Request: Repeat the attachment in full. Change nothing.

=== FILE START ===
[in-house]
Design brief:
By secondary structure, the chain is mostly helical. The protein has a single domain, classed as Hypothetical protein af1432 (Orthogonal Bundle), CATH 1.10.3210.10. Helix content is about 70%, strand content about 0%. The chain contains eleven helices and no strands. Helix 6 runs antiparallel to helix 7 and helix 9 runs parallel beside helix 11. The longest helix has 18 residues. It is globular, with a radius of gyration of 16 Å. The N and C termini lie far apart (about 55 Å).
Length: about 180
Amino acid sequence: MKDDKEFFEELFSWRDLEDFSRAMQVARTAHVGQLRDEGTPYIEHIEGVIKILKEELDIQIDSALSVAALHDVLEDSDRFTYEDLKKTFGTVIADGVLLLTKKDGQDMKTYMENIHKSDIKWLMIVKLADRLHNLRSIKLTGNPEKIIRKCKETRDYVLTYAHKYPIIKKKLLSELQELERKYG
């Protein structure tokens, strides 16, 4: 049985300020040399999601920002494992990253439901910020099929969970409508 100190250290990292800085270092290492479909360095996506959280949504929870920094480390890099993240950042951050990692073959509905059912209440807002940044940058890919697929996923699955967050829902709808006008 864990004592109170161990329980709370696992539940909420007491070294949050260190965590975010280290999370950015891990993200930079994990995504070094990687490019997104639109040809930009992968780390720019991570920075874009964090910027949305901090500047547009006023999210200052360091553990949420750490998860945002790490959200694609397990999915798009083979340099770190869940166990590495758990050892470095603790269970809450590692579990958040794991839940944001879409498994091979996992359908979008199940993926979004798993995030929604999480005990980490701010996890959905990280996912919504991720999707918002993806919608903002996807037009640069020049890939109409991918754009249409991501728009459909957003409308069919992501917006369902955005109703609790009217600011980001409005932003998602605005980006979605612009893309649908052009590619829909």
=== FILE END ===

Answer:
[in-house]
Design brief:
By secondary structure, the chain is mostly helical. The protein has a single domain, classed as Hypothetical protein af1432 (Orthogonal Bundle), CATH 1.10.3210.10. Helix content is about 70%, strand content about 0%. The chain contains eleven helices and no strands. Helix 6 runs antiparallel to helix 7 and helix 9 runs parallel beside helix 11. The longest helix has 18 residues. It is globular, with a radius of gyration of 16 Å. The N and C termini lie far apart (about 55 Å).
Length: about 180
Amino acid sequence: MKDDKEFFEELFSWRDLEDFSRAMQVARTAHVGQLRDEGTPYIEHIEGVIKILKEELDIQIDSALSVAALHDVLEDSDRFTYEDLKKTFGTVIADGVLLLTKKDGQDMKTYMENIHKSDIKWLMIVKLADRLHNLRSIKLTGNPEKIIRKCKETRDYVLTYAHKYPIIKKKLLSELQELERKYG
């Protein structure tokens, strides 16, 4: 049985300020040399999601920002494992990253439901910020099929969970409508 100190250290990292800085270092290492479909360095996506959280949504929870920094480390890099993240950042951050990692073959509905059912209440807002940044940058890919697929996923699955967050829902709808006008 864990004592109170161990329980709370696992539940909420007491070294949050260190965590975010280290999370950015891990993200930079994990995504070094990687490019997104639109040809930009992968780390720019991570920075874009964090910027949305901090500047547009006023999210200052360091553990949420750490998860945002790490959200694609397990999915798009083979340099770190869940166990590495758990050892470095603790269970809450590692579990958040794991839940944001879409498994091979996992359908979008199940993926979004798993995030929604999480005990980490701010996890959905990280996912919504991720999707918002993806919608903002996807037009640069020049890939109409991918754009249409991501728009459909957003409308069919992501917006369902955005109703609790009217600011980001409005932003998602605005980006979605612009893309649908052009590619829909």